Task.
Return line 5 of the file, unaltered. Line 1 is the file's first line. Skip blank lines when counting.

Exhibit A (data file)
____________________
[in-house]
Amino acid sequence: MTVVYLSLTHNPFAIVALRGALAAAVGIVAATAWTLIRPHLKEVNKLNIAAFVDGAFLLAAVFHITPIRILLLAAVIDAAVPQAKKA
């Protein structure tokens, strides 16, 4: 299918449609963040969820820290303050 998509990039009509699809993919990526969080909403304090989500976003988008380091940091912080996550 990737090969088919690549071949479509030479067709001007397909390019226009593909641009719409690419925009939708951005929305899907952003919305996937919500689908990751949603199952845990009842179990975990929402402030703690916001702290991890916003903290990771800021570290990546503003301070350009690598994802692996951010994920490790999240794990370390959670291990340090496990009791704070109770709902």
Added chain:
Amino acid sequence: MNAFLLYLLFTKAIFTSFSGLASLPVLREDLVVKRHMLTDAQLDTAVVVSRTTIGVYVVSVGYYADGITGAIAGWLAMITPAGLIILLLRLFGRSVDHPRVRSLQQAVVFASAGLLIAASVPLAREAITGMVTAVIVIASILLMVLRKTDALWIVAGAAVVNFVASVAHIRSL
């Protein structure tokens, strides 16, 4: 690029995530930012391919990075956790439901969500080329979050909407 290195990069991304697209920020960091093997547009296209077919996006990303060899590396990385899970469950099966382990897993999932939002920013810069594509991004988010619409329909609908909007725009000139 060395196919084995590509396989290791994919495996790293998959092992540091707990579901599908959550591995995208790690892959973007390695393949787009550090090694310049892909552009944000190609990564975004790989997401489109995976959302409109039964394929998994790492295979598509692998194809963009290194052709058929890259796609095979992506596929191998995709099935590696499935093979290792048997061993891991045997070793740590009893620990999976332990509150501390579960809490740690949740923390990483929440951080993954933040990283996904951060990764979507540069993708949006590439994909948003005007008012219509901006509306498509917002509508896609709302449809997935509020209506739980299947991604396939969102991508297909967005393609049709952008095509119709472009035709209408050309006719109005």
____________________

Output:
Amino acid sequence: MNAFLLYLLFTKAIFTSFSGLASLPVLREDLVVKRHMLTDAQLDTAVVVSRTTIGVYVVSVGYYADGITGAIAGWLAMITPAGLIILLLRLFGRSVDHPRVRSLQQAVVFASAGLLIAASVPLAREAITGMVTAVIVIASILLMVLRKTDALWIVAGAAVVNFVASVAHIRSL